He said the (SIDF) initiative would work in collaboration with the Small Entrepreneur and Enterprise Development (SEED), which small entrepreneurs will be eligible for business loans of between EC$5,000 and EC$10,000 interest free.
Dr. Douglas said that following the training, the individuals will be paired with experienced business managers who will help them to realistic targets.
St. Vincent and the Grenadines recently celebrated 33 years of political independence from Britain with Prime Minister Ralph Gonsalves presenting an anniversary gift to public servants.
Gonsalves said that his administration would keep its “solemn promise” to pay public servants the three percent increase dating back to January 2011.
He said on a whole, public servants have done very well under his administration through salary increases, bonuses, salary enhancements through classification exercise, improved conditions of work, additional perks, including training and educational opportunities free of cost or at heavily subsidized rates,
Gonsalves said expenditure on pensions has gone up so far for the year by approximately five percent and that for every cent increase in the salary bill for public servants, there is an additional EC$2 million required annually.
He said the three percent increase in 2011 would amount to six million and at least another six million for 2012.
National Security Minister Jack Warner says that CCTV cameras will be installed before the end of the year in crime “hot spots” such as Port of Spain and environs, Laventille, Morvant, Beetham Estate and Diego Martin.
He made the announcement at a recent post-Cabinet media conference at the Prime Minister’s office in St. Clair, Port of Spain.
Warner said Cabinet approved Phase one and two for the Implementation of CCTV (Close Circuit Television) cameras “by the end of Dec. 30, 2012, in time for the Christmas and Carnival season.”
He said the cameras would cost government an average of TT$5 million a month or $60 million a year. They would work in conjunction with the 300 existing cameras in Port of Spain.
He said Trinidad and Tobago was not sufficiently covered by a surveillance network to assist the law enforcement agencies in combating crime and criminal activities and therefore it was critical and urgent to expand the surveillance system.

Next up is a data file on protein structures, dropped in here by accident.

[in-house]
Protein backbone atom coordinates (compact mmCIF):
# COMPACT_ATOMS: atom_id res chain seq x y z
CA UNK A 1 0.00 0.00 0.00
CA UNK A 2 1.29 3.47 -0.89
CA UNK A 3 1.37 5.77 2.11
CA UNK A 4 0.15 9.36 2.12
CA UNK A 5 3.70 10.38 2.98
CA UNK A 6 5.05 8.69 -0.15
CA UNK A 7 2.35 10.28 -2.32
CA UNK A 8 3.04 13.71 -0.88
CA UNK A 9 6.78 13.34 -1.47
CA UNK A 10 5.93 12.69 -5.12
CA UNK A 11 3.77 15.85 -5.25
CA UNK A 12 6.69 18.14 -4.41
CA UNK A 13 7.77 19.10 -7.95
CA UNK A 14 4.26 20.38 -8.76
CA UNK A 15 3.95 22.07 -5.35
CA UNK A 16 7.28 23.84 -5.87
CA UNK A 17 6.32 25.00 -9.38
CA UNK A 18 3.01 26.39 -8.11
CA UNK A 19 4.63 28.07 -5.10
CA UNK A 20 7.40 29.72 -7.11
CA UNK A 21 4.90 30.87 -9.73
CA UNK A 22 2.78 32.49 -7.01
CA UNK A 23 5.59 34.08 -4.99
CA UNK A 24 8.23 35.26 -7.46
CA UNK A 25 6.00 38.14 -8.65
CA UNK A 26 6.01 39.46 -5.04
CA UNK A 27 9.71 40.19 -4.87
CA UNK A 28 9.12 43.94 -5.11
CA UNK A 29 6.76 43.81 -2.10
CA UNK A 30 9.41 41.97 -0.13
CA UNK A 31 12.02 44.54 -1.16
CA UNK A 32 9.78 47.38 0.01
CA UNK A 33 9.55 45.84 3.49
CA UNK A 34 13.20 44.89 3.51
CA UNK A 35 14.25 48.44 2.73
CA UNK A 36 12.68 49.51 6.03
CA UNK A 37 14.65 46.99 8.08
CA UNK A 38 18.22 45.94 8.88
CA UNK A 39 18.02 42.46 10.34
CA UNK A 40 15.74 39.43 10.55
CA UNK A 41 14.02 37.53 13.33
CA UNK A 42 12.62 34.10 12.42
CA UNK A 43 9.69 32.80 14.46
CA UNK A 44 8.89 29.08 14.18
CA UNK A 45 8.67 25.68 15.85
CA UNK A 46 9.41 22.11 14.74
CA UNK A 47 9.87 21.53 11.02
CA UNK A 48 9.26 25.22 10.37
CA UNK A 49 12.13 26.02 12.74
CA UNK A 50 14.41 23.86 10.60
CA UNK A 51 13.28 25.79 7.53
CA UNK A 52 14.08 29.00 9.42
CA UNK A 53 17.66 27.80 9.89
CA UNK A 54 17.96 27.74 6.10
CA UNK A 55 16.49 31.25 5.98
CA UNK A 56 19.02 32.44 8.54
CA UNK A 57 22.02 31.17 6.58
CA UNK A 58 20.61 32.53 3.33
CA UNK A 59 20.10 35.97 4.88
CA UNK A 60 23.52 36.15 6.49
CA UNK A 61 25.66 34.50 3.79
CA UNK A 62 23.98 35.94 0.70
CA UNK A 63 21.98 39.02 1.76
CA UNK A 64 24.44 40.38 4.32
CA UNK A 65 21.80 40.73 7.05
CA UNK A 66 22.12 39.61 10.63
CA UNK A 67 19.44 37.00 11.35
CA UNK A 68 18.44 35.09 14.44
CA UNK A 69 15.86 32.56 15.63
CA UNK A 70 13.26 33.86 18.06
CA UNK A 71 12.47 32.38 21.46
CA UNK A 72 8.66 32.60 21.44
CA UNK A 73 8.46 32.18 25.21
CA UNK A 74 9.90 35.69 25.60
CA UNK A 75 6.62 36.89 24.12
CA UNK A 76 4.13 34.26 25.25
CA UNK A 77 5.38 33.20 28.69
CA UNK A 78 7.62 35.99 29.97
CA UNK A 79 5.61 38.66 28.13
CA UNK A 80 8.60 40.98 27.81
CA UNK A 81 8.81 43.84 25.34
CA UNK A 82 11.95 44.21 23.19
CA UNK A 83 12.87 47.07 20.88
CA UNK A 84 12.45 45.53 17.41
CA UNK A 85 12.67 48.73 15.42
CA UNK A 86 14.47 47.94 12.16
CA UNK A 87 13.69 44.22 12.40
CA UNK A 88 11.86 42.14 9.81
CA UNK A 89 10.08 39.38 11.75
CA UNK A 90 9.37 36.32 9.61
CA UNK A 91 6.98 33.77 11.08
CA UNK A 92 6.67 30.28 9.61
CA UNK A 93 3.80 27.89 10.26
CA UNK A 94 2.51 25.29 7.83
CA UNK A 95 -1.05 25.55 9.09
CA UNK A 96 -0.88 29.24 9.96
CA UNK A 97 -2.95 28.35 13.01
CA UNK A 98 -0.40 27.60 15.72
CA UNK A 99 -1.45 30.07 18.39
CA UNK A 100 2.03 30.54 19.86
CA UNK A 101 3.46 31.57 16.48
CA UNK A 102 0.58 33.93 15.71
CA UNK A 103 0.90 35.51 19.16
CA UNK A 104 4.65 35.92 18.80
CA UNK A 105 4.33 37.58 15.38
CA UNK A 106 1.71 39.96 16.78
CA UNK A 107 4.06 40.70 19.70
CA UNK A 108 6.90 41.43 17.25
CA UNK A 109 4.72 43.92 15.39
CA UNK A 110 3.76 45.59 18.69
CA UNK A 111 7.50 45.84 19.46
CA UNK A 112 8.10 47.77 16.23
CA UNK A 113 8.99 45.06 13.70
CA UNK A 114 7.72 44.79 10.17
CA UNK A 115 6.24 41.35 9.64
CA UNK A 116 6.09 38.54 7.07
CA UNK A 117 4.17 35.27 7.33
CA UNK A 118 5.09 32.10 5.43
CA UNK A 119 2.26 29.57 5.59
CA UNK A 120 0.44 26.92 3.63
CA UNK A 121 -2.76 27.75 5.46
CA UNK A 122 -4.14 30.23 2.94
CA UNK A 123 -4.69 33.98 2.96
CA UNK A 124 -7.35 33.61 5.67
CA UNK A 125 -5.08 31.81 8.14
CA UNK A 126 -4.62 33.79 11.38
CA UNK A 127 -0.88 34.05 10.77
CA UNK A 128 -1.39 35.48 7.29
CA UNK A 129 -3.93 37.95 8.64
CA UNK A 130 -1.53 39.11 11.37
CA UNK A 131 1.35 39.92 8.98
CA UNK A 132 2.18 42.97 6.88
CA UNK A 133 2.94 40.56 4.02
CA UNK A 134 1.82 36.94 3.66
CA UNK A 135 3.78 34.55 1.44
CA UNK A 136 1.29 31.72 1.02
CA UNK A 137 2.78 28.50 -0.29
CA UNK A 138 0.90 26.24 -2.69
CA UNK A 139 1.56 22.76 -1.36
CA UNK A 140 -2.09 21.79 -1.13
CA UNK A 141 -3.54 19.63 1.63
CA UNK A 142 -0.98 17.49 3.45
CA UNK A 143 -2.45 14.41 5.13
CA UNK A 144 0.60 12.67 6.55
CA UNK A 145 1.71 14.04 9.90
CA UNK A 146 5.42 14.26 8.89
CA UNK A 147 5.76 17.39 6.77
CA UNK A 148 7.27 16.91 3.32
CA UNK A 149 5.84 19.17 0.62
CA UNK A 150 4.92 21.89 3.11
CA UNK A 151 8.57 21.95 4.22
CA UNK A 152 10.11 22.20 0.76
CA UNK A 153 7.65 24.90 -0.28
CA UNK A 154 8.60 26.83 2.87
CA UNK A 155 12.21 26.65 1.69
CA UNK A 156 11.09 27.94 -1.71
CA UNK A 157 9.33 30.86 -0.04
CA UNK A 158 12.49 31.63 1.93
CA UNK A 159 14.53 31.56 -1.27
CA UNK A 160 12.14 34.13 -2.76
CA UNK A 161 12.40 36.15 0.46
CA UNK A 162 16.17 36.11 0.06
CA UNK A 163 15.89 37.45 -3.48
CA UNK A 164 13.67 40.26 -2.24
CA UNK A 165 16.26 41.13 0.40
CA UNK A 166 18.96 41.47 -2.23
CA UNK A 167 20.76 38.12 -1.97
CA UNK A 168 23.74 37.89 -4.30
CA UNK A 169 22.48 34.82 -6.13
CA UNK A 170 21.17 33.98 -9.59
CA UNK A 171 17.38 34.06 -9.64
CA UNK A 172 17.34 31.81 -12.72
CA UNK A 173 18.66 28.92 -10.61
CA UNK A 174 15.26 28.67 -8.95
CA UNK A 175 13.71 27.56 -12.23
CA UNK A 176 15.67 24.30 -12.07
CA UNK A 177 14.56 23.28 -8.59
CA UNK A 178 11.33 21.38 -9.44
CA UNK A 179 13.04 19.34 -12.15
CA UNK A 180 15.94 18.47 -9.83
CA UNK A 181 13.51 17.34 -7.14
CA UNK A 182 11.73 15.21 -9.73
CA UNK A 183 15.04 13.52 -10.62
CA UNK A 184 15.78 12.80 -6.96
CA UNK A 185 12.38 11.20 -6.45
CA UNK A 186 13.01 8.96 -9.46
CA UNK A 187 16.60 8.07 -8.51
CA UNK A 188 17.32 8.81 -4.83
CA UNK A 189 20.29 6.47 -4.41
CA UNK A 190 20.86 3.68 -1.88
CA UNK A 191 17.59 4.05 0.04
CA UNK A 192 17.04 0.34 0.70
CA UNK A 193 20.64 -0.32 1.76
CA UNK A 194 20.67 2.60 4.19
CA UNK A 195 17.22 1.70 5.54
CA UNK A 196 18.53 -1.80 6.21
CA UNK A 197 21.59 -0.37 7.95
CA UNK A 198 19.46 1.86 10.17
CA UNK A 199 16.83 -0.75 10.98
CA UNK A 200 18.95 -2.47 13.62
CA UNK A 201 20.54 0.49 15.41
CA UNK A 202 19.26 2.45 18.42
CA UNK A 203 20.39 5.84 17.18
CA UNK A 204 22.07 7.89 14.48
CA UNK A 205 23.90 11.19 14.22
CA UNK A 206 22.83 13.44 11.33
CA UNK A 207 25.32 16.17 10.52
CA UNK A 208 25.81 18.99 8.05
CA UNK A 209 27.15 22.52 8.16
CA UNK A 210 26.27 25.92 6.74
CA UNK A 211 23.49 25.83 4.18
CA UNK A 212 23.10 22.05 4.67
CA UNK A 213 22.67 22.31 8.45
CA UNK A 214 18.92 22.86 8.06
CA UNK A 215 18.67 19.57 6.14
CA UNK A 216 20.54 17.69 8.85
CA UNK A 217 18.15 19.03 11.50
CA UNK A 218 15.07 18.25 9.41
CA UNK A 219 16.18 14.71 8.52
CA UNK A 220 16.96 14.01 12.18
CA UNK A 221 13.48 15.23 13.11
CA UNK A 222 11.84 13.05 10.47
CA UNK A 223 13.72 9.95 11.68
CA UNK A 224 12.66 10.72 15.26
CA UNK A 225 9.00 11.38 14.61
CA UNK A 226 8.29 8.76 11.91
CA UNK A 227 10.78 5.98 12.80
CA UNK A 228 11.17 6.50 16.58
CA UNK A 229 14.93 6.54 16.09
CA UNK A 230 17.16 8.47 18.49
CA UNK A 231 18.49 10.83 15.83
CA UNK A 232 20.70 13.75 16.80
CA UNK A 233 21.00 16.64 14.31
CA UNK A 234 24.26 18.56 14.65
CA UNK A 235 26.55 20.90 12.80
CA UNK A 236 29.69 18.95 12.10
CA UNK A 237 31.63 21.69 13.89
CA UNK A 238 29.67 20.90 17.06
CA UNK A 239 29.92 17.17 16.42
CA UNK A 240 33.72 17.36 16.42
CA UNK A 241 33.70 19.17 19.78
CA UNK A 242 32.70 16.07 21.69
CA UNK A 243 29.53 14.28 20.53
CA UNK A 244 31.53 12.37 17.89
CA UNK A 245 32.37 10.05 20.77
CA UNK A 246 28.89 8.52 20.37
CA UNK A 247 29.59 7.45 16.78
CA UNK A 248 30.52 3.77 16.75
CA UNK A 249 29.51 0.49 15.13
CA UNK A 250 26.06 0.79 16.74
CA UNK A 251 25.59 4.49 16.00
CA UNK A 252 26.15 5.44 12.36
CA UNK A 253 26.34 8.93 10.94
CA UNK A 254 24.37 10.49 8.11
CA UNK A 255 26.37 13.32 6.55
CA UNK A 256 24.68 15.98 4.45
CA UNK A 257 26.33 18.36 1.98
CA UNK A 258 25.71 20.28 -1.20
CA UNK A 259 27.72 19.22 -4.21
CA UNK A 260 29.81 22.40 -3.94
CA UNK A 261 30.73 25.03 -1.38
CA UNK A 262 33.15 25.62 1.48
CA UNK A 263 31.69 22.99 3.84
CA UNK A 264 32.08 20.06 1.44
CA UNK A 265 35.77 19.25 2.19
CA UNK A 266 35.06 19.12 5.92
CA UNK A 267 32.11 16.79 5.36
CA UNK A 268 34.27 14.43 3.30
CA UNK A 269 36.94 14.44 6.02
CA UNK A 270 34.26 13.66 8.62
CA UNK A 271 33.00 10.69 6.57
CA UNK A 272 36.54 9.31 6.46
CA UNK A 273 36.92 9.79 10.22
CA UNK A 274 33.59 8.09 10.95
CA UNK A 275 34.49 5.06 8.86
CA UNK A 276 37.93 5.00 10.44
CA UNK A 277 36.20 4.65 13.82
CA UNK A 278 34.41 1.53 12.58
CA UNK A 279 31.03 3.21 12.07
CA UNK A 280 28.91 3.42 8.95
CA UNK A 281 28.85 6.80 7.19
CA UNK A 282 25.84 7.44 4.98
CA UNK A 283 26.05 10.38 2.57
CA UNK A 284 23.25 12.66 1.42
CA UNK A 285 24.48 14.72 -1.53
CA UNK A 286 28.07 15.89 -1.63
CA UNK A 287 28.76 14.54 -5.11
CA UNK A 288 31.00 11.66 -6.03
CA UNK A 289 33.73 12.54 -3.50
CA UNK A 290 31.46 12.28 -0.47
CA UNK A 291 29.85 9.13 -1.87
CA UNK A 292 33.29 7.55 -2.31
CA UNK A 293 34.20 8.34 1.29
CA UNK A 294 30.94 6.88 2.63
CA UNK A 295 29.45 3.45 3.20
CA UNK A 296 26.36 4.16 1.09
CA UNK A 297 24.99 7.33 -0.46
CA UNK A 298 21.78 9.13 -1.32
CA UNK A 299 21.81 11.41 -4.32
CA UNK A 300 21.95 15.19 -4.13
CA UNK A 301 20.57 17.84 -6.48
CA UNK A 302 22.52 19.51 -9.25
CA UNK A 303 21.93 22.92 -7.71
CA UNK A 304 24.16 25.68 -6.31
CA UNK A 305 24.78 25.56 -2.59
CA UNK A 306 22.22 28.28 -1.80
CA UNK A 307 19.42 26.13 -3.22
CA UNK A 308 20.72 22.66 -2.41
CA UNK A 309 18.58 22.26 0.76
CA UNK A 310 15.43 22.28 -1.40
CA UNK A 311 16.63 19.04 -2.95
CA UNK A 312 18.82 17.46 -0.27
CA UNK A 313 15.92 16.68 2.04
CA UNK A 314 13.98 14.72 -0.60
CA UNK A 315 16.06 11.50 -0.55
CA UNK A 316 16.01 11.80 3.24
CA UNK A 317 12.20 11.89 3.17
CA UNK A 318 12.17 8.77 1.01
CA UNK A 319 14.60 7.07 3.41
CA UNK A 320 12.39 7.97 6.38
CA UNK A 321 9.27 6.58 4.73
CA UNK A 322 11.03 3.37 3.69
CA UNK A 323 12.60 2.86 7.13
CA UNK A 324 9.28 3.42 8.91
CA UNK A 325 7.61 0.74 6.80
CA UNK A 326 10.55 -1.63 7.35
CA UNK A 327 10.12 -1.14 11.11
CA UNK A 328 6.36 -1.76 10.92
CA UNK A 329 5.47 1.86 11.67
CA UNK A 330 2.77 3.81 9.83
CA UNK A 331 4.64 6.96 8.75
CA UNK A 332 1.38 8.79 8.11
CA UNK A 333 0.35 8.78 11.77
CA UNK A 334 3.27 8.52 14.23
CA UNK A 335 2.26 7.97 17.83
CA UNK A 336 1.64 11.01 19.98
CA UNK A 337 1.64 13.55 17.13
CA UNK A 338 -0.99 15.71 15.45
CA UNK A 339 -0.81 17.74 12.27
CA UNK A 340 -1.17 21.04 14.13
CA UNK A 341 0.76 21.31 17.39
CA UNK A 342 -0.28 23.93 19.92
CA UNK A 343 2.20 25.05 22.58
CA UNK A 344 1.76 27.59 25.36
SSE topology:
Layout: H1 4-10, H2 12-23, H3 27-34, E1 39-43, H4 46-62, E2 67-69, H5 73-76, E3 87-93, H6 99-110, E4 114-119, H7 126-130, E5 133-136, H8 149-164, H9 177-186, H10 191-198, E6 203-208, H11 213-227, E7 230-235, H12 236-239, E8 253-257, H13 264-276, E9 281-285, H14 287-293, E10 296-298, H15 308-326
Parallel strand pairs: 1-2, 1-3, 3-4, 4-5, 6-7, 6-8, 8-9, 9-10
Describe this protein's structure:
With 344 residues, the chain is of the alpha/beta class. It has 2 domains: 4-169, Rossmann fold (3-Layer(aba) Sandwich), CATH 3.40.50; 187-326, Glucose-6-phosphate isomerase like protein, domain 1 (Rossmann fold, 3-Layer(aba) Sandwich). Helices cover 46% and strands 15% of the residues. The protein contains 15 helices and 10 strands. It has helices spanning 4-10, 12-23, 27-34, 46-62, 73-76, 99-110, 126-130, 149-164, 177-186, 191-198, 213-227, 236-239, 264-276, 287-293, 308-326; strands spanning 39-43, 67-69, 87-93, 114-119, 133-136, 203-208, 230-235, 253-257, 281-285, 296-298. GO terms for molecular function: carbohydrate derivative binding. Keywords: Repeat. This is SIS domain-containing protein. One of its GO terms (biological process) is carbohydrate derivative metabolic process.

The minister said Phase 1 would involve 500 cameras placed at strategic points.
Warner said there would also be police command centers throughout Trinidad and Tobago into which the cameras would feed.
Each of these centers would have response teams, consisting of police and civilian personnel.
The Constitutional Court has reserved decision in a case where attorneys representing Jamaica Prime Minister Portia Simpson-Miller say she should be granted immunity from testifying in the matter regarding the financial contribution made by a Dutch company to the ruling Peoples’ National Party (PNP) in 2007.
Both the prosecution and defense lawyers ended their arguments recently and the Court has indicated it would issue its judgment at a later stage.
The lawyers for Simpson-Miller raised the issue of immunity after Dutch authorities sought to have her give a statement in the matter relating to the donations made by the oil-lifting company, Trafiguara Beeher,
Simpson-Miller’s lawyers are stoutly opposed to the request by the Dutch authorities for her to give a statement about the US$300,000 given to the PNP by Trafiguara in 2007 during the political campaign.
Trafiguara had an oil lifting contract with the Jamaican government at the time the donation was made and issue came to light when the then opposition leader Bruce Golding accused Trafiguara of illegally making the donation.
Former parliamentarian Colin Campbell, who was the PNP’s general secretary, resigned after he was implicated in the transaction.
Compiled by Azad Ali